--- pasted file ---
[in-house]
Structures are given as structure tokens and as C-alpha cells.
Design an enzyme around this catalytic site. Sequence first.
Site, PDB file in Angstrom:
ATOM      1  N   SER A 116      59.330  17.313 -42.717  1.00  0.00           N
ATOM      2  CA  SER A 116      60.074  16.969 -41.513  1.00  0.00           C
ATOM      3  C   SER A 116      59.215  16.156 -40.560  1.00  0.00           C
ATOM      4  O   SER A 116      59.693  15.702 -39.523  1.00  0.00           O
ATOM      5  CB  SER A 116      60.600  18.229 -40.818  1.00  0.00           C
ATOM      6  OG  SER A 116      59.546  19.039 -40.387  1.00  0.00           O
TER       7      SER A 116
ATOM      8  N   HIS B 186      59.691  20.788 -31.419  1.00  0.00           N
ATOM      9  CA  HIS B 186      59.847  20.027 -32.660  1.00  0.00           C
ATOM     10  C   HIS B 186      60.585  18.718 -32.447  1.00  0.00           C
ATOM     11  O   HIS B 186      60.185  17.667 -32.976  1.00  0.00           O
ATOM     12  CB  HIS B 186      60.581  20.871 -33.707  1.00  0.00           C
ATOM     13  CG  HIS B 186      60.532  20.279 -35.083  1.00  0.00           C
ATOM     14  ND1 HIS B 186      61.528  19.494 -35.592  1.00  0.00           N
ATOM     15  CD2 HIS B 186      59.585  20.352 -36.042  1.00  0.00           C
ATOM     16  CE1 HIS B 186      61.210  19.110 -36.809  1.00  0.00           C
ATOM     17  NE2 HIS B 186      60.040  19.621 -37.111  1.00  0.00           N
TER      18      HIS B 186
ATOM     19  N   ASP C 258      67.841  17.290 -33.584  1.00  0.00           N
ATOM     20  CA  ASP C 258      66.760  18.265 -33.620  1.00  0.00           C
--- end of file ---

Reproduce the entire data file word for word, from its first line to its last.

[in-house]
Structures are given as structure tokens and as C-alpha cells.
Design an enzyme around this catalytic site. Sequence first.
Site, PDB file in Angstrom:
ATOM      1  N   SER A 116      59.330  17.313 -42.717  1.00  0.00           N
ATOM      2  CA  SER A 116      60.074  16.969 -41.513  1.00  0.00           C
ATOM      3  C   SER A 116      59.215  16.156 -40.560  1.00  0.00           C
ATOM      4  O   SER A 116      59.693  15.702 -39.523  1.00  0.00           O
ATOM      5  CB  SER A 116      60.600  18.229 -40.818  1.00  0.00           C
ATOM      6  OG  SER A 116      59.546  19.039 -40.387  1.00  0.00           O
TER       7      SER A 116
ATOM      8  N   HIS B 186      59.691  20.788 -31.419  1.00  0.00           N
ATOM      9  CA  HIS B 186      59.847  20.027 -32.660  1.00  0.00           C
ATOM     10  C   HIS B 186      60.585  18.718 -32.447  1.00  0.00           C
ATOM     11  O   HIS B 186      60.185  17.667 -32.976  1.00  0.00           O
ATOM     12  CB  HIS B 186      60.581  20.871 -33.707  1.00  0.00           C
ATOM     13  CG  HIS B 186      60.532  20.279 -35.083  1.00  0.00           C
ATOM     14  ND1 HIS B 186      61.528  19.494 -35.592  1.00  0.00           N
ATOM     15  CD2 HIS B 186      59.585  20.352 -36.042  1.00  0.00           C
ATOM     16  CE1 HIS B 186      61.210  19.110 -36.809  1.00  0.00           C
ATOM     17  NE2 HIS B 186      60.040  19.621 -37.111  1.00  0.00           N
TER      18      HIS B 186
ATOM     19  N   ASP C 258      67.841  17.290 -33.584  1.00  0.00           N
ATOM     20  CA  ASP C 258      66.760  18.265 -33.620  1.00  0.00           C